Storm Stories is a Guelph Storm original weekly feature for the 2012-13 season spotlighting current Storm Players and giving readers a behind-the-scenes look at the player’s lives on and off the ice.
The dogged determination and gritty toughness that has become the trademark of Tyler Bertuzzi was forged on the frozen rinks of Sudbury, Ontario. In those days, playing hockey was a family affair for Bertuzzi.
“I started out playing with three of my cousins, and I was coached back then by my uncle and my papa (grandfather)” Bertuzzi says.
The nephew of NHL veteran Todd Bertuzzi, Tyler spent those early years learning to play the game under the watchful eye of his family and friends in the tight-knit Sudbury community. But even before lacing up his skates for the first time, Tyler showed interest in the family business.
“Before Tyler could even skate he would run around the house hitting balls with a hockey stick. And when he did start skating lessons, he outright refused to use the skating chair,” says Tyler’s stepmother Mia.
“At that time, there were no heated arenas in Sudbury,” she adds. “But regardless of having to bundle up for those dreaded 7:00 am practices, the smile on Tyler’s face when he was out on the ice made all of it worthwhile.”
Being a smaller kid in those days, Tyler would use his speed and playmaking skills to stay at the top of the pack. But even at that early stage in his career, Bertuzzi would begin to develop the physical edge that has become his calling card in recent years.
“When he wasn’t on the ice he was in the basement playing hockey on his roller blades. At age 5, Tyler showed up to his first “Mickey Mouse” hockey practice with a black eye!”
At that point, Mia had no way of knowing how symbolic a black eye would be of the Tyler Bertuzzi brand of hockey – but she certainly does now.
By the end of his first OHL season with the Storm last year Bertuzzi had amassed 117 penalty minutes, which included 18 fighting majors. If you took his stats at face value you would probably think Bertuzzi walks around everywhere with a big chip on his shoulder, but that couldn’t be further from the truth.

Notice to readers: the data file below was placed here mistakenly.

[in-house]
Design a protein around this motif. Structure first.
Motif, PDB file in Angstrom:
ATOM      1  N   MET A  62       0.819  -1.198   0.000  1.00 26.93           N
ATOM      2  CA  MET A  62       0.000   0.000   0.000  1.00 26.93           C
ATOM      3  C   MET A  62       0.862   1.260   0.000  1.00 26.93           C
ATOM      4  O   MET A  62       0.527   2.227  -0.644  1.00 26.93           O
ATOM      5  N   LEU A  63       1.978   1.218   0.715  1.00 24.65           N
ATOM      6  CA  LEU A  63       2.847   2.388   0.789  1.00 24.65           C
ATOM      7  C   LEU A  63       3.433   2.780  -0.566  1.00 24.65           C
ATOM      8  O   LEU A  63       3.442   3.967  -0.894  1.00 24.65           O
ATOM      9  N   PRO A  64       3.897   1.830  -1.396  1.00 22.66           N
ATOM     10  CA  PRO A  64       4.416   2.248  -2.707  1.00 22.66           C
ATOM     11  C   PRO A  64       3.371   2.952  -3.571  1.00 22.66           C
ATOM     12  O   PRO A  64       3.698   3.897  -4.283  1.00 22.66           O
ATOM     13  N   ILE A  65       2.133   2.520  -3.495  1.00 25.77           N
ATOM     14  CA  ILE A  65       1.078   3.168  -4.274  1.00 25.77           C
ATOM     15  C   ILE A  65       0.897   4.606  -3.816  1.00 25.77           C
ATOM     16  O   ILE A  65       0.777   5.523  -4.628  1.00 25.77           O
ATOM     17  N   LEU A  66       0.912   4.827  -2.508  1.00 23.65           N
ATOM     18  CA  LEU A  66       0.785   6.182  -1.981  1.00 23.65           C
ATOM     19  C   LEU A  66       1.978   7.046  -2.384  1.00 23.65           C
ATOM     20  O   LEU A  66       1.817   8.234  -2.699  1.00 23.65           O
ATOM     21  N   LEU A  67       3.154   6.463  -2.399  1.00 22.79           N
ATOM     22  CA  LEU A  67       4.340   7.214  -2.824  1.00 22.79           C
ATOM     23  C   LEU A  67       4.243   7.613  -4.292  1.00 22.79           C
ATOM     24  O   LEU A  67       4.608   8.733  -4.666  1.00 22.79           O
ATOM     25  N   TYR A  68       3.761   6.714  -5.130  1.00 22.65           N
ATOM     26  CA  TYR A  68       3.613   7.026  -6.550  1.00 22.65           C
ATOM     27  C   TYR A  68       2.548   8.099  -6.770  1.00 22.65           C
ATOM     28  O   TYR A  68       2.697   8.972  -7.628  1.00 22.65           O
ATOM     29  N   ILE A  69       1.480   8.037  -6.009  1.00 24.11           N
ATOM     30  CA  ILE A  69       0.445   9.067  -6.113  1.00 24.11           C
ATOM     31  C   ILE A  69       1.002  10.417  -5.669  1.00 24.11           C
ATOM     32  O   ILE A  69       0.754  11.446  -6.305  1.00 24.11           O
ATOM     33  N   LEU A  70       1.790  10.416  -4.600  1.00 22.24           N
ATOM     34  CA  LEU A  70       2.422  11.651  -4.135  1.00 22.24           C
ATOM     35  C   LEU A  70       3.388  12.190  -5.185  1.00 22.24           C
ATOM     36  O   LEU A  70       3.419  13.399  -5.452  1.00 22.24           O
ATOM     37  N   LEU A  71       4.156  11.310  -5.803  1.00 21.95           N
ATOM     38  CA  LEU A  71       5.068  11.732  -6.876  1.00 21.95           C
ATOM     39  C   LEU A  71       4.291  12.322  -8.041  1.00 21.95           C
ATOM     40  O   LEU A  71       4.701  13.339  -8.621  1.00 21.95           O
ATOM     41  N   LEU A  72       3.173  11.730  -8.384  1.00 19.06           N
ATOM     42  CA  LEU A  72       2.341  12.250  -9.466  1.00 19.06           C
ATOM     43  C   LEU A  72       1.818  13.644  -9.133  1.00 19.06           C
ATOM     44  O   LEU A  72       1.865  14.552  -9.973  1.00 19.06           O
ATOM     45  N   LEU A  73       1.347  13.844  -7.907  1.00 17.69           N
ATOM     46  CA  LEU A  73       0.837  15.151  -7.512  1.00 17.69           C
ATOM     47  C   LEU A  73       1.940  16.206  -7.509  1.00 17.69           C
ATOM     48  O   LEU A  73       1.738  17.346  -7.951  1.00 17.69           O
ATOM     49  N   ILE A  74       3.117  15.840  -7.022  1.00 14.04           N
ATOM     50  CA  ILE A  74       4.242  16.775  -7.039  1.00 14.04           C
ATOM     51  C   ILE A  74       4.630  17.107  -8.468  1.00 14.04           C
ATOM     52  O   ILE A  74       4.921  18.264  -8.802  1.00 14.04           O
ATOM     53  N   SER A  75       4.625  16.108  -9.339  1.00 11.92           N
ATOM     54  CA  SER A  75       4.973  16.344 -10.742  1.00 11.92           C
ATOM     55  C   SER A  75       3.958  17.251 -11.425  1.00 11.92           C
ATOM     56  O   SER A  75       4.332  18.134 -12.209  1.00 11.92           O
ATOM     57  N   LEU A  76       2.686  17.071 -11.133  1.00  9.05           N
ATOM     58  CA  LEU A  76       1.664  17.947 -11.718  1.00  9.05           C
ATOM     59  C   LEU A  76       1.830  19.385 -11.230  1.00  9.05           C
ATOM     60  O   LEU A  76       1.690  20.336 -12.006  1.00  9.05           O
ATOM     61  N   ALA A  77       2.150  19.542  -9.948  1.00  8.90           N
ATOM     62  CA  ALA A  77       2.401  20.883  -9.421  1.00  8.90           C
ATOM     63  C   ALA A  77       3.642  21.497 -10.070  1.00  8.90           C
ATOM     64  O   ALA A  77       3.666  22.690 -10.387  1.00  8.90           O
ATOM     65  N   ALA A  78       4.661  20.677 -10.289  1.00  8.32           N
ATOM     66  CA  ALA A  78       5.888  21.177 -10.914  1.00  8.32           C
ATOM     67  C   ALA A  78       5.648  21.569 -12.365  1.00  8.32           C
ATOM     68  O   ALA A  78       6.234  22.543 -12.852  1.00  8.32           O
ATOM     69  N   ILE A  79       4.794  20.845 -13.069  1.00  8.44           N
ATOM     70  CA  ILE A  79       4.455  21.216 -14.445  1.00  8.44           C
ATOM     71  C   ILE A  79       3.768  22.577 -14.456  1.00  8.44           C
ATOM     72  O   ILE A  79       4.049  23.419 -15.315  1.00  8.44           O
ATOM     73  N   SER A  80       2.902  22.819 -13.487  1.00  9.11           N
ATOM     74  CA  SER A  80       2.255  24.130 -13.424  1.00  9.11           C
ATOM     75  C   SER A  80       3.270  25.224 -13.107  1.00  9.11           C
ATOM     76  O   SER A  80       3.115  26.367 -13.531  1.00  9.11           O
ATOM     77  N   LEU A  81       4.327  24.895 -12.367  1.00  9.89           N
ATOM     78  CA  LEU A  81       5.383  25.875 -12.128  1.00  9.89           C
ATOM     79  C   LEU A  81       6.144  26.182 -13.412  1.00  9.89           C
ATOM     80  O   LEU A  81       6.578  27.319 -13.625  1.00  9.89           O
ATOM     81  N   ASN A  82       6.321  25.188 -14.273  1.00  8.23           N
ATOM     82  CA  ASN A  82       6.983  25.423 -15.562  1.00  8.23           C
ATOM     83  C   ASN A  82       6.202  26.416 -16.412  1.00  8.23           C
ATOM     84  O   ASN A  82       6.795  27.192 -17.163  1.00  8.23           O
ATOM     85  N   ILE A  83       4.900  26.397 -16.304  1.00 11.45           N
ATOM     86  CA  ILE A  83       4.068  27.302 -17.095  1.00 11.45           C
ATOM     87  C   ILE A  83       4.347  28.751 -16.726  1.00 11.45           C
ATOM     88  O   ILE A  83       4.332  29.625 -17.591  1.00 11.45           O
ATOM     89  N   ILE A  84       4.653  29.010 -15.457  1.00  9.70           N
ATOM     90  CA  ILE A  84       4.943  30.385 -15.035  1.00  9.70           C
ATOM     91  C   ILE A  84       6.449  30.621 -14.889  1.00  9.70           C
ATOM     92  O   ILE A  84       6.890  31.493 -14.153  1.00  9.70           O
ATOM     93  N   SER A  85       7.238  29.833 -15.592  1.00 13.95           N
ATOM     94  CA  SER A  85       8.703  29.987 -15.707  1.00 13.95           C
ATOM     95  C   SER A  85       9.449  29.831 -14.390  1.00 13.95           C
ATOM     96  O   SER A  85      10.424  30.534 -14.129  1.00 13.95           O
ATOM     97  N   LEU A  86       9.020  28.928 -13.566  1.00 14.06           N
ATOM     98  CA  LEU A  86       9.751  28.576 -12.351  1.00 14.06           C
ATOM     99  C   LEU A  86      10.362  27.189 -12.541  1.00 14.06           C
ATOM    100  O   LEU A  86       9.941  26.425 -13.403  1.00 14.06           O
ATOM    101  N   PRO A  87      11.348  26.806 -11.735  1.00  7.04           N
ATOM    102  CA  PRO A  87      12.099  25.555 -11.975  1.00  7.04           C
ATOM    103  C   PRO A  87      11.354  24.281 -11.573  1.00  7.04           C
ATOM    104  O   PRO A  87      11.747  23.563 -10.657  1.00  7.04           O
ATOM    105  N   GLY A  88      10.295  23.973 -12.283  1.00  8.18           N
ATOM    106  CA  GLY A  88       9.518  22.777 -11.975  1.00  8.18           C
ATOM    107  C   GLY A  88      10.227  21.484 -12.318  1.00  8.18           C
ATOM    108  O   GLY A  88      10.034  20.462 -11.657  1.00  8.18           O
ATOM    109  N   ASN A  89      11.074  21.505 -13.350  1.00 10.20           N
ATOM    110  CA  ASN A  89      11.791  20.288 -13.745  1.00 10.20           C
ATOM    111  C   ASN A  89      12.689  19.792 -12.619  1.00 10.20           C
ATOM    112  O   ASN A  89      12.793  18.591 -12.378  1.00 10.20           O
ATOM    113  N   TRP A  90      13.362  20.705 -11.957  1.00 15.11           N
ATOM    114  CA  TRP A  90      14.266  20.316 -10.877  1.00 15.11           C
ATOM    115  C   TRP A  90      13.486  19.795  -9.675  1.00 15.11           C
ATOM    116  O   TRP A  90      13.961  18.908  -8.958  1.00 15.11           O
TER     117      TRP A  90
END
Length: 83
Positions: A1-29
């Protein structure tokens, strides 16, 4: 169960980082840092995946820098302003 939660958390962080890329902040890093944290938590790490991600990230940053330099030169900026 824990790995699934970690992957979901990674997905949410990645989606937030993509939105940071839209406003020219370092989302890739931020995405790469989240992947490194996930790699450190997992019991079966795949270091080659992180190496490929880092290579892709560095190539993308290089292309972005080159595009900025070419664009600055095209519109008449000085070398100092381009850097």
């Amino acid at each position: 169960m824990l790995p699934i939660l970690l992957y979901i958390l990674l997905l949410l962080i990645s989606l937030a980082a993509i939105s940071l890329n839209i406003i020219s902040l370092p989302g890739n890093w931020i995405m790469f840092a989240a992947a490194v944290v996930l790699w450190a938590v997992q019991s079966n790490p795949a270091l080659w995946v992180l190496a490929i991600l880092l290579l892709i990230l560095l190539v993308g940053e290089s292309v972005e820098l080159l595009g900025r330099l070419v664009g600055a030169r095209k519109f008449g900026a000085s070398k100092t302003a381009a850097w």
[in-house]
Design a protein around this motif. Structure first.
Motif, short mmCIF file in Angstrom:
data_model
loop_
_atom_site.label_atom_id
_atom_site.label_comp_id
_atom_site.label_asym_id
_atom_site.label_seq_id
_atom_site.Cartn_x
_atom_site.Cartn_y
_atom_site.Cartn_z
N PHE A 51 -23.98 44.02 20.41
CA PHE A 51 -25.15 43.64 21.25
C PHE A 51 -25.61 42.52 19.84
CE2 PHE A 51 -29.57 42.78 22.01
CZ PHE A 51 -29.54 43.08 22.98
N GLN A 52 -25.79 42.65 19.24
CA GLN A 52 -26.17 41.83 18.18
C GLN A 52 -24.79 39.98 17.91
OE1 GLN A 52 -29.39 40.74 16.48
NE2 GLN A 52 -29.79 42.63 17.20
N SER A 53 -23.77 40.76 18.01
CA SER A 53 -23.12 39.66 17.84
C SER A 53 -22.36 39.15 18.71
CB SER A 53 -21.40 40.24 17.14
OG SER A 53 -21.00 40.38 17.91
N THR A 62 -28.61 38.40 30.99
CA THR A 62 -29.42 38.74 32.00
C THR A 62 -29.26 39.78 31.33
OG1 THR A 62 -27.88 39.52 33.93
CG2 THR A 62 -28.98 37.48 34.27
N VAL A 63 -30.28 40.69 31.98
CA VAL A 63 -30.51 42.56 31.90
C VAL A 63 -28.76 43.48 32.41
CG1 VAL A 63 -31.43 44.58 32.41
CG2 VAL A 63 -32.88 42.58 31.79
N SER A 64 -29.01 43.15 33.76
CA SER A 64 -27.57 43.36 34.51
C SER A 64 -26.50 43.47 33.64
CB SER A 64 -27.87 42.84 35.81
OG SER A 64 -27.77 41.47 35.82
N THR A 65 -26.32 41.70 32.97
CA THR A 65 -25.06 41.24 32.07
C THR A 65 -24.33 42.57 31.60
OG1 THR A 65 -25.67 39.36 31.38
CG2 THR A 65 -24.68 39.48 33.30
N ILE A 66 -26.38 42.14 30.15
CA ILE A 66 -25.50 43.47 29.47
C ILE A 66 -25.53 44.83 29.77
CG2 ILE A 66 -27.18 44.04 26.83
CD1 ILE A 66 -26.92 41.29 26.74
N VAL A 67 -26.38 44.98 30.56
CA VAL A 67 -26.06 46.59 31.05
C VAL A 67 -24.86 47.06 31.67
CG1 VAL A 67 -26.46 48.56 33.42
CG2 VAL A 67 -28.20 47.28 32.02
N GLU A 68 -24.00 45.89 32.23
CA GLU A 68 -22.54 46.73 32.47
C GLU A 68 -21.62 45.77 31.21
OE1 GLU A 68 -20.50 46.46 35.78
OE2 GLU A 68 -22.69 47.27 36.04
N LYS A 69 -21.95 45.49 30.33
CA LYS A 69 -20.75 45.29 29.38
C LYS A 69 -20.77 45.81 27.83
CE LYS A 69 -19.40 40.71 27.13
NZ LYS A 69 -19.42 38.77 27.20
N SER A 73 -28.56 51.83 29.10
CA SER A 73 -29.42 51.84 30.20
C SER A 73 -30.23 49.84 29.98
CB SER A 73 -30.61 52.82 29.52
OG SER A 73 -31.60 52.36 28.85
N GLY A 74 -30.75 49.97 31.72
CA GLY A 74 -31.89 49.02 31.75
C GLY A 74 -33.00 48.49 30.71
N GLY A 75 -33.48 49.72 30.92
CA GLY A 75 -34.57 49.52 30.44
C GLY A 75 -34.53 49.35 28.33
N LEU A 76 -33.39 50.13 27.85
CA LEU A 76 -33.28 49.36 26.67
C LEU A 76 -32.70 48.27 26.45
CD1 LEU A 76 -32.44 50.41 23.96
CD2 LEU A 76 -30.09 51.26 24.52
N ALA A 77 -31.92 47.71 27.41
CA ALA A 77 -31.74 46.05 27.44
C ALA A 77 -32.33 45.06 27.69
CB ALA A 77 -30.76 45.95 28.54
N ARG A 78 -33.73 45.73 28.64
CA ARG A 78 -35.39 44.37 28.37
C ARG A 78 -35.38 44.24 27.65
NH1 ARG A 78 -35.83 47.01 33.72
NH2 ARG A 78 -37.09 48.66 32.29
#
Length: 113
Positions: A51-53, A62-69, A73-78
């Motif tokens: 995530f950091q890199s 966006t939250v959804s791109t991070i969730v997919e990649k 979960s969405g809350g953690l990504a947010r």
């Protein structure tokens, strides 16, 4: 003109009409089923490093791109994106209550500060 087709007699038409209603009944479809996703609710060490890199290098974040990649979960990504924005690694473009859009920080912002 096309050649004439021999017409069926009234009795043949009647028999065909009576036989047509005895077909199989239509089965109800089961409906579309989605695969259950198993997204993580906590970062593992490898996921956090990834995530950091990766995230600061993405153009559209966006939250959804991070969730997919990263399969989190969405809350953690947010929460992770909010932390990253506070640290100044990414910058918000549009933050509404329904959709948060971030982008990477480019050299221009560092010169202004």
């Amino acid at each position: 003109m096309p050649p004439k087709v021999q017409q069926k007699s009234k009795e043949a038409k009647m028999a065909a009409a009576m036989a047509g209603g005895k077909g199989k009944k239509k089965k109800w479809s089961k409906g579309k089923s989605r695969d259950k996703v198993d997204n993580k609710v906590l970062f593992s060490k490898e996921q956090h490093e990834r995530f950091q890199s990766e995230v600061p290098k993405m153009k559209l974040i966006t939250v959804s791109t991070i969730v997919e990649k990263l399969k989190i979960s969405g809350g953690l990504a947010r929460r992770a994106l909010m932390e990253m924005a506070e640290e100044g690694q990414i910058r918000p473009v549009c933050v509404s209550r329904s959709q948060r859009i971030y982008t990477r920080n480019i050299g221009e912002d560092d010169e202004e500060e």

“Before last season, I had never been in a real fight in my life,” Bertuzzi says. “No dust-ups, no punches thrown, nothing.”
When asked whether he sees himself as an agitator or as somebody who sticks up for his teammates, Bertuzzi confidently says “both”, and that he likes to model his playing style after former Toronto Maple Leafs captain Wendel Clark. And while comparisons between the two can certainly be made (both in size and playing style), Tyler got an early start.
“Growing up, Tyler showed an endless passion and determination for hockey,” his mother says. “As a novice, he was like a dog chasing a ball on the ice and would skate through entire teams, refusing to give up. If he was ever sick, it would be a battle to get him to miss a practice.”
Bertuzzi credits his papa for his work ethic – his coach from the age of four up until the age of thirteen. He would work with Tyler one on one to help develop his game after practices and on off-days back at home in Sudbury.
There were some others along the way that also had a big influence on Bertuzzi’s hockey career.
“Darryl Moxam was Tyler’s hockey coach in Minor Midget,” Mia says. “He had such a great way of motivating the players, and taught them how to conduct themselves on and off the ice. He really took Tyler under his wing, and even after Tyler had joined the Storm he was there for him.”
These days, Tyler is the one influencing others.
“Tyler’s younger brothers, Evan (age 11) and Matthew (age 4) both look at Tyler as a role model. He has always exhibited the qualities, strengths and values that make him a great role model for his brothers.”
Bertuzzi spent this past off-season training and enjoying the outdoor life just outside of Sudbury in Naughton , Ontario. A life-long fishing enthusiast, Bertuzzi was sure to take in as much as possible this summer, while also putting on some size (he hit a growth spurt and shot up from 5’9 to 6’0 over the past year) and strength for the upcoming season.
Very recently identified as “one to watch” by NHL Central Scouting, Bertuzzi enters his second OHL season with his sights set clearly on the 2013 NHL Entry Draft next June, where he hopes to follow in the footsteps of his famous uncle Todd. If his offensive game catches up with the rough stuff, Bertuzzi will undoubtedly attract the attention of all 30 NHL clubs next summer, and should help contribute to another compelling season of junior hockey in Guelph this season.
Rich Davidson is a freelance hockey writer covering the Guelph Storm this season. Follow Rich’s work at: